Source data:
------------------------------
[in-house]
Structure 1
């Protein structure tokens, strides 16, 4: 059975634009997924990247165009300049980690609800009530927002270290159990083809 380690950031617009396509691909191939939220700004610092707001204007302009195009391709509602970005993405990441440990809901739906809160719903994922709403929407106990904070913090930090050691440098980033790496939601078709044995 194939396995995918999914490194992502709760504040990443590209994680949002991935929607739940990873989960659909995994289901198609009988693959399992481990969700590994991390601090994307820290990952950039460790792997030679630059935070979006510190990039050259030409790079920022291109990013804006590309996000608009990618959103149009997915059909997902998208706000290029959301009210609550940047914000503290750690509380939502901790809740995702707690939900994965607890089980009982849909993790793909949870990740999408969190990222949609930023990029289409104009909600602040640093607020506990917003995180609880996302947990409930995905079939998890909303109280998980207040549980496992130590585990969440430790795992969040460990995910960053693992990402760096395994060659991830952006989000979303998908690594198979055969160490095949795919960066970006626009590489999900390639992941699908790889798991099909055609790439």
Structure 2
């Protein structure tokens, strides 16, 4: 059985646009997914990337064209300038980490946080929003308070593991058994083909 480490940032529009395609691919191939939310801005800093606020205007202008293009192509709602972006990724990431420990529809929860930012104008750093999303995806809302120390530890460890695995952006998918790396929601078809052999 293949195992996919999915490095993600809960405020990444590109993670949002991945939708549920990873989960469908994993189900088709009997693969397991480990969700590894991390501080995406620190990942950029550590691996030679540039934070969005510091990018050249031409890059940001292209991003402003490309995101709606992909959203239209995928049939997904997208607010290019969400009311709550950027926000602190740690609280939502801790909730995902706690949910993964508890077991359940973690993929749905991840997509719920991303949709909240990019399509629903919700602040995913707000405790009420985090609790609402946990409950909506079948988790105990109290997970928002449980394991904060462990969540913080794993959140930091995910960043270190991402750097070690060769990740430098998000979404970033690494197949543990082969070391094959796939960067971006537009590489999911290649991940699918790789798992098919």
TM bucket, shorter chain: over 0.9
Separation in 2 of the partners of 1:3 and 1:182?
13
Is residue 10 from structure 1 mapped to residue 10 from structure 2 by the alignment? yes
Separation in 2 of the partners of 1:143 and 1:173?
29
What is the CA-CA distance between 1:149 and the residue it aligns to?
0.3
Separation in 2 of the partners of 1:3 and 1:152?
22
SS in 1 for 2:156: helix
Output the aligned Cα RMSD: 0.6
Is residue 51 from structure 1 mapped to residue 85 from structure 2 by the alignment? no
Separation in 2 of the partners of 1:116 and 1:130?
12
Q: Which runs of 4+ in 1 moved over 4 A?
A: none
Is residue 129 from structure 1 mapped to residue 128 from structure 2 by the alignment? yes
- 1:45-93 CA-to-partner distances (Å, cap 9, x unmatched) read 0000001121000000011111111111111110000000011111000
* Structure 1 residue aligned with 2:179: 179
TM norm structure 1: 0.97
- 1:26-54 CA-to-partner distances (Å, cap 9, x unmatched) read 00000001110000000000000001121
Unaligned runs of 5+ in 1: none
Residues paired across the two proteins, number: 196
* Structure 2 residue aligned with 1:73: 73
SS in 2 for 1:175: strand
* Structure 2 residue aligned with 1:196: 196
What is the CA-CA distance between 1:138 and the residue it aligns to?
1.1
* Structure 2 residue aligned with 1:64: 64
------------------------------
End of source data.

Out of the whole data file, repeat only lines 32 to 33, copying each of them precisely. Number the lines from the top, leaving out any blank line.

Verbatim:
* Structure 2 residue aligned with 1:196: 196
What is the CA-CA distance between 1:138 and the residue it aligns to?